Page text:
My bedroom is a disaster, laundry is backed up, and I have done a poor job of meal planning lately. Suddenly eating healthy is no longer a priority. It’s become whatever I can throw on top of the stove or in the oven. My husband is in the same boat. Just plain exhausted. I’m not writing to complain or ask for pity, I’m simply writing this to show other moms, that yes, I’m dying over here too.

So, here’s my plan for the rest of December: I want to be present and in the moment. I want to TALK to my kids about whatever they want to talk about instead of constantly dishing out consequences and lectures of making better choices. I want to make memories with my kids as the holidays approach. I’m a little nervous about how I’m going to muster up the strength for all of us so I will keep you posted.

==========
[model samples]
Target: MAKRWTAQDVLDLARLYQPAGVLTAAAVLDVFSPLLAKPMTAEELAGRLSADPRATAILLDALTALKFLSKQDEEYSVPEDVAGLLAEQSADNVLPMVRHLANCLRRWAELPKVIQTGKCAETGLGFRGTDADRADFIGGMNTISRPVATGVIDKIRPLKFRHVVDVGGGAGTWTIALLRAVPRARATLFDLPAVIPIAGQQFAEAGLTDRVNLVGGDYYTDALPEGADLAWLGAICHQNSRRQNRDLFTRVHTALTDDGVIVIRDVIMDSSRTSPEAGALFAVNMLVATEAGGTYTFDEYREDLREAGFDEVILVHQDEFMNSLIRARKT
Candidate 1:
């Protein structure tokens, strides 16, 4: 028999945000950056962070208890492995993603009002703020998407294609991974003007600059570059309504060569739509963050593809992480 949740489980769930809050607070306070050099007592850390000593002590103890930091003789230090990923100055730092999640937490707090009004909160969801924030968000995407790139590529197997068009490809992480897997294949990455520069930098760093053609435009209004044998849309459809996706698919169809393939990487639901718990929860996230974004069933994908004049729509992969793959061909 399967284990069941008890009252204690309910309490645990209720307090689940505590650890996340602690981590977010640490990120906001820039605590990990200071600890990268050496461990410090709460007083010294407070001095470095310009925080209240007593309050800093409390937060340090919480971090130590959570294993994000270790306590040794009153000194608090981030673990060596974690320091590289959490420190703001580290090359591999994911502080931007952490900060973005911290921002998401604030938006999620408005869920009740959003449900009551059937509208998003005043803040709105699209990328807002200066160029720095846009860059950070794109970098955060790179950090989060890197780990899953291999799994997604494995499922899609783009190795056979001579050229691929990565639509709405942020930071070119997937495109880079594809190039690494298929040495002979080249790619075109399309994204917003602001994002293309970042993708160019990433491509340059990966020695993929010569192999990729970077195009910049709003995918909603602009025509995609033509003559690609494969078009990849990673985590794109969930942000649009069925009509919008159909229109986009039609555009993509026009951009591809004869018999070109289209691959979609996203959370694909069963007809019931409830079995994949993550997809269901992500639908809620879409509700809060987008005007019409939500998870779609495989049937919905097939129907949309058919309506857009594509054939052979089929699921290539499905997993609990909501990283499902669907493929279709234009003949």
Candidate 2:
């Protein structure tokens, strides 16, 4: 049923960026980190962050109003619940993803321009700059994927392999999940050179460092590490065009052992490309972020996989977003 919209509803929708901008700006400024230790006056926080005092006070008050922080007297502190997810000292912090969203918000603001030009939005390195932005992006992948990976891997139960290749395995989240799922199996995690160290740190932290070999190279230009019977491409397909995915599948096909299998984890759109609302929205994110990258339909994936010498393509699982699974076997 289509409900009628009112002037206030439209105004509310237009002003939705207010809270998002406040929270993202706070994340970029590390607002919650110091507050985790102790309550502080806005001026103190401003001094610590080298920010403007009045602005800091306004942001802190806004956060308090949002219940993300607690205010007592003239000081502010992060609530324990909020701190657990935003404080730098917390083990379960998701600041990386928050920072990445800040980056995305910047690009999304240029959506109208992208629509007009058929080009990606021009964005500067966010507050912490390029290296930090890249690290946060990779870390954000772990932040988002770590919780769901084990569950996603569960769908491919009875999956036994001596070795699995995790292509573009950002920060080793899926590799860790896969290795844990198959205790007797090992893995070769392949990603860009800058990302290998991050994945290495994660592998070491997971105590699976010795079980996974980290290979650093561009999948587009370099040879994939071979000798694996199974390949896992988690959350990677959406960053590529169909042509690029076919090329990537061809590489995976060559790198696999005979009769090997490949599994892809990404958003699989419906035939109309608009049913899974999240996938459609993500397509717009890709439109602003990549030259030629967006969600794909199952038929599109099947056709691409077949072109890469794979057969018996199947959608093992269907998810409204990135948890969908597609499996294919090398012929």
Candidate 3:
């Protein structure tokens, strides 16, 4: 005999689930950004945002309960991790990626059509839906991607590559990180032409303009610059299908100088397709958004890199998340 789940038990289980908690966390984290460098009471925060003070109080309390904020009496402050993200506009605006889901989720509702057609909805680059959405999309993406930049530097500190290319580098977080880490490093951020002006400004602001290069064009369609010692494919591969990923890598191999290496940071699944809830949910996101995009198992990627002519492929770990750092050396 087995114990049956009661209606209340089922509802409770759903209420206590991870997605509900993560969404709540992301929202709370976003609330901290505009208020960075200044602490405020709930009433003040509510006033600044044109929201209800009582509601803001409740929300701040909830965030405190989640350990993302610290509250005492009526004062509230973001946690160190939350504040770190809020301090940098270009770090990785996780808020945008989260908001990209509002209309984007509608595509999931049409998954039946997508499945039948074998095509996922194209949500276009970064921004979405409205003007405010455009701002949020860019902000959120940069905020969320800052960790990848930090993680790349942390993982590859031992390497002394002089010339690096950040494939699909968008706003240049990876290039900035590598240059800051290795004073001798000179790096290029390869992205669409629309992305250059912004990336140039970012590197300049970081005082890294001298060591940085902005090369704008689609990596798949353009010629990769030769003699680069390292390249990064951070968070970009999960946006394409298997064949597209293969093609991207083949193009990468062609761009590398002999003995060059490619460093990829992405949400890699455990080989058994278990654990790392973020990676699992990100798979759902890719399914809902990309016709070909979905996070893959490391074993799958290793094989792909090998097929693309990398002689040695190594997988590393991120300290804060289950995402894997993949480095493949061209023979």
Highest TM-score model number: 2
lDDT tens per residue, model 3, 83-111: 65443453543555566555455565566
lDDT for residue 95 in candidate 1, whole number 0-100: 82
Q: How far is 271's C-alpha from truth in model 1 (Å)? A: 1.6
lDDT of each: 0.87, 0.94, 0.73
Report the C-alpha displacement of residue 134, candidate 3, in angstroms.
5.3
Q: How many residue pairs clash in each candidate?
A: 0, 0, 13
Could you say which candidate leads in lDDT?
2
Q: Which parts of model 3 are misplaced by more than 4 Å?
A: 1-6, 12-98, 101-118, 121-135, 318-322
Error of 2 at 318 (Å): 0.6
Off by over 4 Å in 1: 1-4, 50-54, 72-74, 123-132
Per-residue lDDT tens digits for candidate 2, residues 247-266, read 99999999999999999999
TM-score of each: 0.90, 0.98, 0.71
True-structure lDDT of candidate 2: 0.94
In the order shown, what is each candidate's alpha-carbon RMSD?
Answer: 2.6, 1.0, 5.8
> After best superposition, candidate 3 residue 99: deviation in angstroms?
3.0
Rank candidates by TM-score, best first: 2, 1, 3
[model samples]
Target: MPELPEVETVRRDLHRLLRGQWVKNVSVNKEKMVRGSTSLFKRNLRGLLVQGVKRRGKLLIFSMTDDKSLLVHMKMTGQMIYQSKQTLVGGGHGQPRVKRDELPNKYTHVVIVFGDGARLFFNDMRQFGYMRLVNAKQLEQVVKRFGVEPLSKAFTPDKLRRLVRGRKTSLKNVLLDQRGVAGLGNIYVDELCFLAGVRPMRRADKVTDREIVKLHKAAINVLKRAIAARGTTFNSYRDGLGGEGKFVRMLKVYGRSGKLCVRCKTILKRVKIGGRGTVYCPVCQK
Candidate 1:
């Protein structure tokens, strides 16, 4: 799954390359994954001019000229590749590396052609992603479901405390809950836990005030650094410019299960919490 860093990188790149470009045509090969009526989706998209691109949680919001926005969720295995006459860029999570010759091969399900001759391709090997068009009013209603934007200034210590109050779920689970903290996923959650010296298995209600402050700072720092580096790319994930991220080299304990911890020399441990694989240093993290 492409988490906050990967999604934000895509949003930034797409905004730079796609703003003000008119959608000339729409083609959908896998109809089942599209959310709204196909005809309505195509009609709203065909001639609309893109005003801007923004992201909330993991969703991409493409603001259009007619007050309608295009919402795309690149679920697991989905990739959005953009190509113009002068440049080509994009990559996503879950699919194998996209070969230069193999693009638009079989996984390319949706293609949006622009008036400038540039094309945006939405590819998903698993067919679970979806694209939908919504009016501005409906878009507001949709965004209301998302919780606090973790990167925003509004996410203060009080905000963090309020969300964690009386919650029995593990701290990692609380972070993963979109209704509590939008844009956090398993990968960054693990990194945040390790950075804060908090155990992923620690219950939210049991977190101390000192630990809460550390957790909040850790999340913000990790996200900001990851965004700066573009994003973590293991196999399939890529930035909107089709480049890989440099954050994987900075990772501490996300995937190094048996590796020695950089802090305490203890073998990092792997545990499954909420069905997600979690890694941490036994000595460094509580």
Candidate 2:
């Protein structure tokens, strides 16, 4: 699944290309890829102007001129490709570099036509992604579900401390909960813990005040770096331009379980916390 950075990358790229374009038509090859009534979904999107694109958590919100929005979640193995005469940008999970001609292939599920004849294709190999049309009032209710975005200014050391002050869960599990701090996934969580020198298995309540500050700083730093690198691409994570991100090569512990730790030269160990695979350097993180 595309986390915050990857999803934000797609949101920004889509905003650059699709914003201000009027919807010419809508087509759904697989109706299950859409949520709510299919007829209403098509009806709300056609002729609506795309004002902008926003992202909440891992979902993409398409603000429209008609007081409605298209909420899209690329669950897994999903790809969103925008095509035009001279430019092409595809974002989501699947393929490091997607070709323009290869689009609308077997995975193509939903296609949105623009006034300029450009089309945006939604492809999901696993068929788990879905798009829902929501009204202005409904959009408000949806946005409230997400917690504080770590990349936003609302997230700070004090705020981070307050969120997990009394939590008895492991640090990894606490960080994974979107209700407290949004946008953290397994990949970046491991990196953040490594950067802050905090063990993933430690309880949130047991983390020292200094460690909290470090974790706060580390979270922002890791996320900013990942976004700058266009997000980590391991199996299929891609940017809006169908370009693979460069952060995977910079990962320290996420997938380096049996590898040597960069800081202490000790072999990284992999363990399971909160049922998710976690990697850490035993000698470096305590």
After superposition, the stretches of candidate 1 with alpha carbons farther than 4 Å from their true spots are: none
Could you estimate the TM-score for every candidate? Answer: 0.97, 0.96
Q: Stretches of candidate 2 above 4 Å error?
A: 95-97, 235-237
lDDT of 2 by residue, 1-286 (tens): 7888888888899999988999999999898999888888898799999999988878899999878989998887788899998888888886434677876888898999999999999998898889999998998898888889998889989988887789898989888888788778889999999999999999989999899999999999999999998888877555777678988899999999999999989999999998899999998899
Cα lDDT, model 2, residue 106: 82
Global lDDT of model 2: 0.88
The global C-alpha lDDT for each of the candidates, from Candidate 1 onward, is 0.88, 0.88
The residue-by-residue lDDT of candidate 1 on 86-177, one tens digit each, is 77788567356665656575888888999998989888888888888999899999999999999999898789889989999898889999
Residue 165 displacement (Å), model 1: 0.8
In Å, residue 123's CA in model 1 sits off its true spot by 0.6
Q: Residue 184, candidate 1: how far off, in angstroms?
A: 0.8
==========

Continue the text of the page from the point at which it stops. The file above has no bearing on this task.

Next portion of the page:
We can do this moms. We can do this.

Is it a full moon???

I probably shouldn’t be posting so early in the evening. Something is bound to happen. But for now, I am going to vent.

As I sit in a waiting room, I can’t stop thinking about all the different parenting blogs and articles that I have read since adopting three beautiful kids.

  • Love and logic
  • Choose only one thing to work on at a time
  • Learn to let things go
  • Let kids pout and be disapointed
  • Give 4 positives to 1 negative
  • Do not lecture
  • Acknowledge your child’s emotions and feelings

And so on it goes…

Please tell me I’m not the only one that reads these articles and blogs and think, “Well… I’ve totally screwed my kids up!” And then go into a frenzy trying to make up for all the damage??? Anyone? There’s got to be a mom out there who thinks the same way I do.